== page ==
European philosophy and theology have been much exercised on the subject of the ‘free will’ while the Hindu tradition has considered this subject as of minor importance. The explanation for this lies in the analytical understanding of the concept by both the traditions. In European thought, an individual is conceived of as a permanent fixed entity, basically separate from the rest of the world which is his universe. It is argued that without freedom of will there is no moral responsibility and if there is no moral responsibility, there can neither be guilt nor punishment, either in society or hereafter, before the throne of God. This problem has not much troubled the Hindu thought which considers that there is no such thing as a completely and stable entity, called, ‘the individual’ and secondly, the Hindu argues, that if the human will is not free then what does the term “freedom”, mean ? What instance shall we bring forth with which to contrast the supposed determina¬tion of the human will? Our notion of “freedom” is inalienably derived from our own experience to which we give the name of “will”. Whatever, therefore, we may mean by “freedom”, it is ultimately in the terms of our experience of our own ‘will’, that we give meaning to it. Thus interpreted, to say that human will is free is an axiom, as well as a tautology. There is no meaning in the thesis that human will is not free, for, “free” is that which is like unto the human will. The trouble, however, .arises when we give to the expression, “free will”, a meaning which we have not derived from our experience of our ‘will’ but which have been superimposed by our intellect. Thus we like to think that, “free will” is that power of volition of the human individual which is totally uncaused and unconditioned. The concept of ‘self-caused inevitabil¬ity’ and ‘freely chosen determinism’ would appear as puzzling, if no, altogether non-sensical to the western mind. A little reflection, however, will show that such a “freedom” does not, and cannot, in fact, exist and further, that, if it did and could exist, it will destroy all foundations of ‘moral responsibility’, ‘sense of guilt’ and justification for ‘punishment’ either here or hereafter. To begin with, there are the facts of heredity, the environment, and the subconscious mind. There is not much doubt that the individual is the product of his heredity, the inner mechanism of which the science of biology has discovered recently in the fertilized germ-cells and its genes, which make all the organic cells that make up the body including the brain and the nervous system. This pattern we inherit from our parents and our ancestors and it is certainly a determination of the choices that we make in our lives from time to time. Psychology has revealed to us that sub-conscious layers of human mind as the seat of instincts, emotions, and intuitions, for those who faithfully follow the dogma of the Church Council of Constantinople (553 A.D.) which anathematised the doctrine of transmigration, in the race during evolution of millions of years, or, accumulated, for those who hold the doctrine of metempsychosis as fundamental, accumulated in the course of untold numbers of previous births and rebirths of the individual. They are certainly a deter¬minant throughout a man’s life in the matter of his choice and the conduct that follows it. Again, from outside the social environment is active in continu¬ously influencing and moulding individual’s mind and thereby his power of choice and conduct. These three factors, the physical, the environmental and the he¬reditary are there as a fact and their powers of influencing the human power of choice cannot be denied. In this sense there cannot be a ‘free will’, as an uncaused and unconditioned factor which solely determines as to what choice, in a given situation, an individual will make. But even if there were such a “free” will, it will entail disastrous consequences. If a man’s actions are not free when they can be shown to be casually chained to his character, the sum total of his heredity, past experiences and environment, then the only circumstances in which it would be proper to call a man “free”, would be those in which he acted independently of his received character, that is, of his habits, desires, urges, and perspective on life and all the rest. But if this agent or ‘free’ action, is not to be equated and identified with that which is subject to particular desires and urges, which is circumscribed by a given environmental and circumstantial set-up, which is devoid of character, motives persistent inter¬ests and the like, then who is this agent of ‘free’ choice, the ‘he’ ? Such a notion of ‘free’ will completely dissolves the agent of action; a person with such a ‘free’ will is a completely disembodied and unidentifiable entity. Such an entity can neither be blamed nor praised. Indeed, such an entity would be truly like the “Superman’ of Nietzshe, “beyond good and evil.” Nor can such an entity be held responsible for what it does, for, it would be clearly unreasonable to hold an individual responsible for his• actions if we did not think there was a cause and effect connection between his character and his con¬duct. When we can show that there is no such connection, as, for instance, an act is committed as a result of coercion, we do not normally hold him responsible. The reason is not that the one act is ‘uncaused’ and ‘free’, while the other is ‘determined’, the reason lies in the kind of the cause, in the one case the cause lies in the character of the individual over which he has, in some sense, control while in the other case, he has no such control. As we gain new knowledge about the kinds of causes that affect conduct, we change our mind about the kinds of behaviour for which we should hold men responsible. The recent shifts of stress in the science of Penology in the modern world, and the ancient wisdom of the East and West, which iterated that an individual is ultimately responsible for nothing, must be appre¬ciated in the context of this analysis, and not in the superfinal.frame of reference of ‘determinism’ and ‘free will’. “A man reaps only that what he sows in the field of Karma”, 17 declares the Sikh scripture. It simultaneously says, that, “Say, what precisely it is that an individual can do out of his free choice ? He acteth as the God willeth”. 18 And the Bhagvadgita asserts that, “God sits in the heart of every creature with the consequence that all revolve in their set courses, helplessly tied to the wheel of maya.” 19 That man is free to choose and act to some extent, and to the extent that he is so, to that extent alone he is morally responsible and subject to praise and blame, is a true statement. That there is no such entity, and no such entity is conceivable, which is wholly ‘un¬caused’ and ‘undetermined’, and further that in the ultimate analysis, the whole area of individuality can be linked to a cause or causes which are supra¬-individual is also a true statement, and these two true statements are not self-contradictory or incompatible with each other, constitutes the Sikh doctrine on the subject.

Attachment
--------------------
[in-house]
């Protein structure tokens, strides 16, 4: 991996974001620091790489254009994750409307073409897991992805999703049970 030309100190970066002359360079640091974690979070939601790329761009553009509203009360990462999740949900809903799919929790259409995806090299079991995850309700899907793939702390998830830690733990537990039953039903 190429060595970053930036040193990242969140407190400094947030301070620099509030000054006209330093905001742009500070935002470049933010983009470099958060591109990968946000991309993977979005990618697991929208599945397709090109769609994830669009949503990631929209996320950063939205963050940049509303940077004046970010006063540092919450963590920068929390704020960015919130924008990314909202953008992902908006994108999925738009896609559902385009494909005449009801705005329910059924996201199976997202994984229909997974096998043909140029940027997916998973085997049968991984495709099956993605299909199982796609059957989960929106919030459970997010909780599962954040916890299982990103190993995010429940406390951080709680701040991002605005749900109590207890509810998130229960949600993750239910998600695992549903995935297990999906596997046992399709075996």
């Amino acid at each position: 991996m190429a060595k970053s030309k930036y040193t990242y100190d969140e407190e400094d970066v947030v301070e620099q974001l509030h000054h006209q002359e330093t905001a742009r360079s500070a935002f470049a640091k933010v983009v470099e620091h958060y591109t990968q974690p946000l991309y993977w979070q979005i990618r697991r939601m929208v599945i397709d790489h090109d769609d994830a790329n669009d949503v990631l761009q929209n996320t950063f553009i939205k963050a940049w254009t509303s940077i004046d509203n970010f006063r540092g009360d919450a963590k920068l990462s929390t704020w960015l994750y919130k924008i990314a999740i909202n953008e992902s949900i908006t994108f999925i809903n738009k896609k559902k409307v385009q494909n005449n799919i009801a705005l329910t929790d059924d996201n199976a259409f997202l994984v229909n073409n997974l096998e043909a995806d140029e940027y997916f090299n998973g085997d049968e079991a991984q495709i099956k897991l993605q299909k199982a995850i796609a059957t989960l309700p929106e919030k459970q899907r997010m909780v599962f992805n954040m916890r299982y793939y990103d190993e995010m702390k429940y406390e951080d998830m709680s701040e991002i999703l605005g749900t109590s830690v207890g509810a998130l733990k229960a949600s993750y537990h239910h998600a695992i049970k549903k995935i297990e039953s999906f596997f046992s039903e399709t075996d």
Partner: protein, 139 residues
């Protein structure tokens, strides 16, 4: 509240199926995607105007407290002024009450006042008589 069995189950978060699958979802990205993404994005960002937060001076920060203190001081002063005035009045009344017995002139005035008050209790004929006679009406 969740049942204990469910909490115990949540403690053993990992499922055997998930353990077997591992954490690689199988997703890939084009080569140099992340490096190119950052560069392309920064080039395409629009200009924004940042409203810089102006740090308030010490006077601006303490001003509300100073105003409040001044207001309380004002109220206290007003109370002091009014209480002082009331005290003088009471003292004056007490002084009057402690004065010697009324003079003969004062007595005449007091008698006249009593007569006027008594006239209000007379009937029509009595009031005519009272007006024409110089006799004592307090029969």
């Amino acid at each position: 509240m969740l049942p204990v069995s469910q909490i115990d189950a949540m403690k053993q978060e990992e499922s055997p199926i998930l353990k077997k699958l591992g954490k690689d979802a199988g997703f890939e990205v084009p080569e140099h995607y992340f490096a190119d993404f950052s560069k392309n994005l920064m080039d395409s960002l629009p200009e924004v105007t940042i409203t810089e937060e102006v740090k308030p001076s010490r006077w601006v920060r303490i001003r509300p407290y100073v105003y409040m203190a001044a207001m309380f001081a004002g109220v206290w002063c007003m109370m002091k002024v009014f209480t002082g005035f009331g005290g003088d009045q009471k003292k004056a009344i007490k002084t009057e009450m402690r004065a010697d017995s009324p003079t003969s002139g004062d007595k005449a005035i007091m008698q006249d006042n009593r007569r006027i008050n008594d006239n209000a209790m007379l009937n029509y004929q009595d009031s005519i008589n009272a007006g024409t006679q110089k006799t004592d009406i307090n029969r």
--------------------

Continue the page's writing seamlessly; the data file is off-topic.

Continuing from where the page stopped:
This brings us back to our immediate experience that seems to carry its own certitude with it, that, in some sense, we are ‘free’, for, we have the notion of ‘freedom’ as the core of this experience. Sikhism while implicitly taking note of the three factors which determine the powers of human choice, lays stress on this fourth factor, perpetually present and operative In the human mind, which possesses the autonomous power of choice. This autonomous power of choice is, the divinity in man, according to Sikhism and it is this core around which the whole human personality, which is, at heart, the source of all human misery, as well as the panacea of all his ills”. 20 “How may man demolish the wall of nescience that separates him from God ? By being in tune with the Will of God. And how shall we know the Will of God. Nanak answers : It is embedded in the very core of human personality.” 21
It is this autonomous power of free choice which is given to every human personality and by virtue of which the effects of the other three determining factors of human choice are interfused, and, thus, the act of free human choice gives birth to a new event which is not wholly determined, and which is not mere combination and aggregational consequence of all these four factors, but which is a new event, unique in nature, and potently capable of giving rise to other similar events in the future. It is this power of free choice that is included in man’s original heritage which has the capacity to go beyond this heritage and thus, within the limits given, a human being is free to shape his own destiny. Nor are the other three factors, his received character, the indi¬vidual circumstances, are merely accidental and for¬tuitously super-imposed upon the individual, for, they too are the fruits of his past Karma of uncounted previous births, and thus they are self-determined, self-caused, result of free choices earlier made. When and why and how did an individual make the first free but wrong choice ? This question relates to, the First Things, and therefore, exhypothesis, the indi¬vidual comprehension fails at this point: “the son observeth and knoweth not the birth of his father”. 22
— The Sikh Thought, Sirdar Kapur Singh